One of the major takeaways from the film for me personally was the idea of privilege—that the young Red got out of the “ghetto” to lead a life of privilege (i.e. “pulled herself up from her bootstraps,” so to speak), but never looked back or considered the other, less-fortunate Tethered individuals she left behind. Adelaide, on the other hand, was plucked out of her relatively privileged life and damned to America’s underbelly for thirty years, which is what spurred her to take violent action.


Image via Universal

Peele talked about this idea of privilege during the interview, noting that these thematic implications hinge on the “nature vs. nurture” debate:

“I think one of the questions that’s raised is privilege, and the neglect that sort of presumption of deserved privilege requires. And when people are on the other side of it, when people have received the rough end of the nurture argument, and they rebel or act in violence or commit crimes on that side, is that evil or is that circumstance?”

This is an incredibly lofty and relevant idea for a horror movie about murderous monsters wielding scissors, but it’s yet another example of Peele’s brilliance when it comes to packing challenging ideas into an entertaining film. To that end, there’s really nothing in Us that’s coincidental, as Peele also revealed that the film’s opening scene provides clues to what would shape young Adelaide’s life below ground:

“That was an intentional reflection, seeing the girl with her scissors cutting the paper dolls while watching—everything that she’s gonna use in her expression and her journey at the end of the film is kind of in there, in that scene somewhere… The muzak that’s playing over the Hands Across America commercial is “Le Fleurs”, the song that we kick in in full in our final Hands Across America.”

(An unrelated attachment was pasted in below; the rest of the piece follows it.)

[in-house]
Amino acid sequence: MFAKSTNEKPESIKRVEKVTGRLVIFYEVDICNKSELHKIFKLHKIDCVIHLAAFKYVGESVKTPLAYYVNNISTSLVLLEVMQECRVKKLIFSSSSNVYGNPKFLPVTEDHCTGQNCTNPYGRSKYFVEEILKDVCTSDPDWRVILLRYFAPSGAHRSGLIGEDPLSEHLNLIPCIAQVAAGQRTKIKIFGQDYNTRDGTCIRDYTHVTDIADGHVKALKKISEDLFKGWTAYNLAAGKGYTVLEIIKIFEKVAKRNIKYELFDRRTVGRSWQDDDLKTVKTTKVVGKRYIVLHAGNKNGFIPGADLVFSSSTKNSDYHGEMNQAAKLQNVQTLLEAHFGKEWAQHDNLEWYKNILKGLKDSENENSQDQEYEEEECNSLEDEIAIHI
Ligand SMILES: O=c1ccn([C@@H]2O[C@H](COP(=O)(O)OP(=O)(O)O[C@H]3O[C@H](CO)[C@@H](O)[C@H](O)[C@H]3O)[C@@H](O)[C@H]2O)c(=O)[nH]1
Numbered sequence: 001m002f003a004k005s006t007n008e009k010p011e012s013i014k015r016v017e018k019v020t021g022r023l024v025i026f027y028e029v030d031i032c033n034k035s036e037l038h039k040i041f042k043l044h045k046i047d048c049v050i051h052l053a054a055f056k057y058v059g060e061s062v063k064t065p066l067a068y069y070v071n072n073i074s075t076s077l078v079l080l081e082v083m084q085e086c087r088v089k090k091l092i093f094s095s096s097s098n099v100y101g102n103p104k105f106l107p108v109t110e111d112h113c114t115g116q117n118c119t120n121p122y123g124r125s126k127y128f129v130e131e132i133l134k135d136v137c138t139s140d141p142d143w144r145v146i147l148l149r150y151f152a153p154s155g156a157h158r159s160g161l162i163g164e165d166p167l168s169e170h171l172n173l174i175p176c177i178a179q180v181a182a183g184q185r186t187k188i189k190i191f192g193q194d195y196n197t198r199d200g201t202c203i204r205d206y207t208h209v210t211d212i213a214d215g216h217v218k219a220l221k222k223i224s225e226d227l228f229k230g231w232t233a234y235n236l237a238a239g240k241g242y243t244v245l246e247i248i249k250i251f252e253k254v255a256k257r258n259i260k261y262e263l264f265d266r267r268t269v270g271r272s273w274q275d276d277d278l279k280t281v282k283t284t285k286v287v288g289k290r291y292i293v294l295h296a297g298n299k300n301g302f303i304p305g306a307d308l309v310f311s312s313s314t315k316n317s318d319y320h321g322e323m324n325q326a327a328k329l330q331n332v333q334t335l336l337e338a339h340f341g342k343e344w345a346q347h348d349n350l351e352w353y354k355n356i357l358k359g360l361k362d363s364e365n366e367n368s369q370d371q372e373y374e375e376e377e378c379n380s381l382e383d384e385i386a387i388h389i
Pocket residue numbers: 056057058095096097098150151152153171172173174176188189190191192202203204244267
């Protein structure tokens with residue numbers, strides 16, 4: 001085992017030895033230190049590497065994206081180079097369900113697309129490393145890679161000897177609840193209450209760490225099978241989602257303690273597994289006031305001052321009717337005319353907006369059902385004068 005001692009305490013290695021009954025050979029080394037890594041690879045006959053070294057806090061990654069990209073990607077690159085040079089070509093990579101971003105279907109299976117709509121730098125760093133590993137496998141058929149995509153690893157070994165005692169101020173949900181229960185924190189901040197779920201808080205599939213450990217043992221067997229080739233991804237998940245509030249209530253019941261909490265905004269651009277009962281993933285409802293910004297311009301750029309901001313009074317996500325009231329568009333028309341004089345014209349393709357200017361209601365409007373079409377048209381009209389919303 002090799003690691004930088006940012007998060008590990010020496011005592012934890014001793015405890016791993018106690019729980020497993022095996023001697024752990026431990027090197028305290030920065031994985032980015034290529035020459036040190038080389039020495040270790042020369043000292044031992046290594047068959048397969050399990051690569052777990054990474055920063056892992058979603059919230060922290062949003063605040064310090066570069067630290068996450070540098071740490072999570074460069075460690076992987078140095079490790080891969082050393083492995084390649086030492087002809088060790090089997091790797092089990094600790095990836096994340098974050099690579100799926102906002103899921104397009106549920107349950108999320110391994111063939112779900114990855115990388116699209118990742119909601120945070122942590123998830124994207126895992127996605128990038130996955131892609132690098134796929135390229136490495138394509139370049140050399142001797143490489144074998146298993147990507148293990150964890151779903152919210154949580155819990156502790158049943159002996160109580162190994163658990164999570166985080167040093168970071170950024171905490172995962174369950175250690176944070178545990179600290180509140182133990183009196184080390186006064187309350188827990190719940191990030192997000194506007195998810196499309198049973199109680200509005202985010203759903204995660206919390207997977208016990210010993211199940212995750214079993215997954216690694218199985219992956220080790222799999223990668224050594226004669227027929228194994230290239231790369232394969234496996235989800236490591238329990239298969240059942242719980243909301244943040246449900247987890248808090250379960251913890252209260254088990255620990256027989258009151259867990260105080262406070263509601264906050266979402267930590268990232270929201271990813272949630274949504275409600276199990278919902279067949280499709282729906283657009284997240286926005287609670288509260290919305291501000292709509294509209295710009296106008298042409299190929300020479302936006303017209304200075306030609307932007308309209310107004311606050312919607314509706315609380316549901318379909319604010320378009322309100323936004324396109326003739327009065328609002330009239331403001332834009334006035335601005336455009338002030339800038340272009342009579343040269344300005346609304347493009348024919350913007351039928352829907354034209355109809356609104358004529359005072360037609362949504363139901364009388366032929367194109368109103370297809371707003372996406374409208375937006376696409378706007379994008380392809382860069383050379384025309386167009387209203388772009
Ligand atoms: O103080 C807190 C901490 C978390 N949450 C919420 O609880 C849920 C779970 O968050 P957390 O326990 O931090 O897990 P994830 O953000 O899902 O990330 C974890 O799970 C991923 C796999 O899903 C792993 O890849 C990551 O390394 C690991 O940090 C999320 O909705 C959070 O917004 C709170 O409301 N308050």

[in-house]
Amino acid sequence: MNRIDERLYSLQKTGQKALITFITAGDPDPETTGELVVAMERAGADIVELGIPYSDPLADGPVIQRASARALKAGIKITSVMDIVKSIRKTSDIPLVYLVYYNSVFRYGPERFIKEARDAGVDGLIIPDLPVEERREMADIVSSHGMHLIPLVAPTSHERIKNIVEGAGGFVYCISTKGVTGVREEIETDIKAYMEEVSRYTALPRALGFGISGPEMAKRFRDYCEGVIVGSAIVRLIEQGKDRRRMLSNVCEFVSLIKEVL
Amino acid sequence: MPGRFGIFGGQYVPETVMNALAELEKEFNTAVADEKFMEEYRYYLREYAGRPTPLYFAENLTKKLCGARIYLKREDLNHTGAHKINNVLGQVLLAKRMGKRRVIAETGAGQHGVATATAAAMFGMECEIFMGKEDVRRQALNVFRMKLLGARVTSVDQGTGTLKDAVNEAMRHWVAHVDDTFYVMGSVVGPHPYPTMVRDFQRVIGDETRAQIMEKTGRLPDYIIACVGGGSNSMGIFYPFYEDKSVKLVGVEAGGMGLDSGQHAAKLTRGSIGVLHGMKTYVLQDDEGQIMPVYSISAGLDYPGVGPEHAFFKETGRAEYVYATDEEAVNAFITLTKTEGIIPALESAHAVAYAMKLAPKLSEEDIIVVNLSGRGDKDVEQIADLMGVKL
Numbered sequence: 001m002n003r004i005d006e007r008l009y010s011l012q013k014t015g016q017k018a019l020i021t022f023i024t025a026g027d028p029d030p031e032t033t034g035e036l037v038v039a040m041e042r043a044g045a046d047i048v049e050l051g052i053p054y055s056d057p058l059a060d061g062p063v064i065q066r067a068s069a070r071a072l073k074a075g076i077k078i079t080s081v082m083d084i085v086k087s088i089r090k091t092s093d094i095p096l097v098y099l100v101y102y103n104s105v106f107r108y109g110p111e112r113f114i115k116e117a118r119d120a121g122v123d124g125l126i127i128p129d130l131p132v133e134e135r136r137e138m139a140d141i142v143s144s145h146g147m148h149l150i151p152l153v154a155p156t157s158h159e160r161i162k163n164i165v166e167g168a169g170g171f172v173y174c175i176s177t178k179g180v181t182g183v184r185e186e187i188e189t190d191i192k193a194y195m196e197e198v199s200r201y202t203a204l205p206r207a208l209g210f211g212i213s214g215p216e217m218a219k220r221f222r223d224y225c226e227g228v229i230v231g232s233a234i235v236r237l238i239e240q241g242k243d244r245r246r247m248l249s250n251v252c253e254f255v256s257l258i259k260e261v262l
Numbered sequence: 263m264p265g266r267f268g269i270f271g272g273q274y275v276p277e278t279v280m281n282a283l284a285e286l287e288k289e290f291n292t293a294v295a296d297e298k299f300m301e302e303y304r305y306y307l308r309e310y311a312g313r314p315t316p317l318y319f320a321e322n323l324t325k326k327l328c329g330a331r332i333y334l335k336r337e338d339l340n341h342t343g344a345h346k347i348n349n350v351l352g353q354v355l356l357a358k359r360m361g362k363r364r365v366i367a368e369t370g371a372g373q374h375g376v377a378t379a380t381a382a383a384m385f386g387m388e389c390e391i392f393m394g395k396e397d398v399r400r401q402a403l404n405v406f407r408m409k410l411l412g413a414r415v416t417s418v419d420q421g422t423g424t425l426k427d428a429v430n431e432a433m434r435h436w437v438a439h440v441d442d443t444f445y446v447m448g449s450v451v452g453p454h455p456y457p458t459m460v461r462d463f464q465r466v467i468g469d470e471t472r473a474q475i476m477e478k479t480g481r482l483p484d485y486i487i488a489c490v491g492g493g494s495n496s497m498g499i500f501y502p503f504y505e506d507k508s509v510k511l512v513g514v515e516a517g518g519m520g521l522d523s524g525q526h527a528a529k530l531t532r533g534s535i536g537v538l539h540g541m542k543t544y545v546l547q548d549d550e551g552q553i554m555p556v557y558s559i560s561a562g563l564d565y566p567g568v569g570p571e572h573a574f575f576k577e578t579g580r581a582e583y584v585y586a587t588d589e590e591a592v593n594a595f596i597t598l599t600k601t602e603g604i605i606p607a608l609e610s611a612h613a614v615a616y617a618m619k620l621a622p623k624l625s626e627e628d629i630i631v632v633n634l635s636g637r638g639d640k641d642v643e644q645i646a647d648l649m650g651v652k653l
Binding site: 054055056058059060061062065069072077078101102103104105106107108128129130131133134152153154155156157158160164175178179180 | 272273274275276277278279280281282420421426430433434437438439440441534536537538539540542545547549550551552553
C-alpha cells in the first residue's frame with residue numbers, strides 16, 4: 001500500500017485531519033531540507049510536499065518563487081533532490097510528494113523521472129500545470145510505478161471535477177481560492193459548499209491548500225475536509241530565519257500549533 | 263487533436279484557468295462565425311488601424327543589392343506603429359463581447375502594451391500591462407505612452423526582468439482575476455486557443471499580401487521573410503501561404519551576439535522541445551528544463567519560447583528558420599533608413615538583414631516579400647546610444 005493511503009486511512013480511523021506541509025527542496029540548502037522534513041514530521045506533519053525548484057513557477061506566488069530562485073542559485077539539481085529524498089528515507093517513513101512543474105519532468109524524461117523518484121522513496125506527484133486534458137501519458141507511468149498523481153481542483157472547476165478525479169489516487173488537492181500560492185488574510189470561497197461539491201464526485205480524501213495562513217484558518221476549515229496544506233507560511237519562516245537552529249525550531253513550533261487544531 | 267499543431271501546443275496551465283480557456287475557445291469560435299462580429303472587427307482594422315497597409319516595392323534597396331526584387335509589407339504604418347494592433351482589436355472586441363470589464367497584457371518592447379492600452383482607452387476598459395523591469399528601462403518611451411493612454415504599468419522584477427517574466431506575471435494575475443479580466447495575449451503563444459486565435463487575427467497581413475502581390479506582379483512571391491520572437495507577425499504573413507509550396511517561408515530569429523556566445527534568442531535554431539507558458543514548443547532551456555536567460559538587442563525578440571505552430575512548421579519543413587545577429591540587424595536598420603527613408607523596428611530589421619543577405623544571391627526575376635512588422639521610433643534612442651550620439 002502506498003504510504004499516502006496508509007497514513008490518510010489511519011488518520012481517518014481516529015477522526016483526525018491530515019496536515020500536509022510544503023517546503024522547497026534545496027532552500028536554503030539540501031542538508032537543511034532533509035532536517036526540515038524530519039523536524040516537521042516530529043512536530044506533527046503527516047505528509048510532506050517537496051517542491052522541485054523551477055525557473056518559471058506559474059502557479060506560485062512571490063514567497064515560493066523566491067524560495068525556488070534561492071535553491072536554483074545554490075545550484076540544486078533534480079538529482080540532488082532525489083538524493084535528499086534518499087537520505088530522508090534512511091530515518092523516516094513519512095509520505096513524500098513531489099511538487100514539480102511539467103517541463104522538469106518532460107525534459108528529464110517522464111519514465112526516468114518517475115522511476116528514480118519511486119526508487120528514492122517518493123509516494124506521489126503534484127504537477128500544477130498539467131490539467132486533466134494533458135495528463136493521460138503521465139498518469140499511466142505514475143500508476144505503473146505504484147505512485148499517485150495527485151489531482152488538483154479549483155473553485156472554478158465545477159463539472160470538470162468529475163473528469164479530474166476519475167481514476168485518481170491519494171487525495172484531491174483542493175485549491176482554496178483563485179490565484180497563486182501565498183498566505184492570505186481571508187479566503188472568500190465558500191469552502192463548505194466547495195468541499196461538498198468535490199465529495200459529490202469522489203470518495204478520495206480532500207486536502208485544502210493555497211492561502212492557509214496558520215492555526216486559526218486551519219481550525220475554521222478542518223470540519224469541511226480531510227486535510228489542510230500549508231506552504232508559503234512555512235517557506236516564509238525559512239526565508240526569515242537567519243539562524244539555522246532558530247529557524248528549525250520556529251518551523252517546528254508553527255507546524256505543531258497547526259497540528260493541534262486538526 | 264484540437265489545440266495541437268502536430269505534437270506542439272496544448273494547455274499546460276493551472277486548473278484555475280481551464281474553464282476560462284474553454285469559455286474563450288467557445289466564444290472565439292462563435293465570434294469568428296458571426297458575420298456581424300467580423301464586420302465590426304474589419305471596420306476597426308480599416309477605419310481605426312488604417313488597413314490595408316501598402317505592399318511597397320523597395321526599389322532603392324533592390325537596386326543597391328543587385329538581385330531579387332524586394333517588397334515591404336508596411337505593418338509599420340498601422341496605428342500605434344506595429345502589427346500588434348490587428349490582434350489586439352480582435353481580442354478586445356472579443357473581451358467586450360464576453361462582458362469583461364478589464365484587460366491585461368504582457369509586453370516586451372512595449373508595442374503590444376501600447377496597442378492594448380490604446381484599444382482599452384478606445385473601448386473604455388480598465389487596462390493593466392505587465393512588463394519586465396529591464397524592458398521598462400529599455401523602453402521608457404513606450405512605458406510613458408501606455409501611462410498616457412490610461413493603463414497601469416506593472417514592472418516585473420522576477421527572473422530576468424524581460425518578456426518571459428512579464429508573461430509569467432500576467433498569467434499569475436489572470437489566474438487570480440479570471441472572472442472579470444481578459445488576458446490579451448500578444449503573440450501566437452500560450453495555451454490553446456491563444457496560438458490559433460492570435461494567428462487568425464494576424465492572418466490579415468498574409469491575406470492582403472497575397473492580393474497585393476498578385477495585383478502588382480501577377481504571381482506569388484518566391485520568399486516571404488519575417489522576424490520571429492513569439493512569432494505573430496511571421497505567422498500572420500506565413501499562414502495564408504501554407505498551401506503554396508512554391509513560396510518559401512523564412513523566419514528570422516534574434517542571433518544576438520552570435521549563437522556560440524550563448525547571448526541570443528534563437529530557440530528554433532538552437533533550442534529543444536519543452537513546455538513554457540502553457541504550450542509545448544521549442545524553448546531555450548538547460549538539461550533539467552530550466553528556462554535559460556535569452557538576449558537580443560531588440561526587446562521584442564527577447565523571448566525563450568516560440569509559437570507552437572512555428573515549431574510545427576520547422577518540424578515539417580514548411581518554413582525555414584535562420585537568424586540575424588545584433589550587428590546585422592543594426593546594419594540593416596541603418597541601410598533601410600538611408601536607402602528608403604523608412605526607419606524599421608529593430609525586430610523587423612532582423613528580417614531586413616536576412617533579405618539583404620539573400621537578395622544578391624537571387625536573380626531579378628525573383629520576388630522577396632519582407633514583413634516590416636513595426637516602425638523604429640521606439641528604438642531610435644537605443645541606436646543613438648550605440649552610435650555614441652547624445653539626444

Image via Universal Pictures

Indeed, if you’ll recall, one of the VHS boxes alongside the TV in the opening scene is The Goonies, and at the end of the film, during the big confrontation scene underground, the paper-doll-cutting Adelaide directly quotes the “It’s our time now” speech from that film. She’s been fixating on her previous life all this time, with her growth and development stunted by her sudden kidnapping by Red. She’s been cut off from all pop culture beyond 1986, much of which is on display in that opening scene.

As for the final scene between “Adelaide” and Jason in the car, in which Jason appears to give his mother a knowing glance, Peele wants to keep that one ambiguous:

“Adelaide and Jason sharing that moment at the end, I’m purposefully leaving it a bit vague as to what exactly he knows or how far he’s come in figuring out what, if anything, he’s figured out. I think the little smile she gives him is a lot of things. I think it’s a connection to the evil smile she once had as a little girl, but also a sort of understanding that her family unit was stronger from this experience.”

That there’s still so much to discuss and unpack from Us after all this is a testament to the thought and care Peele put into crafting the film in the first place, and I can’t wait to watch it over and over and see how many different reads on the film and its themes materialize. That’s the mark of a great filmmaker.

Here’s hoping Peele keeps creating original stories like Us and Get Out for many years to come.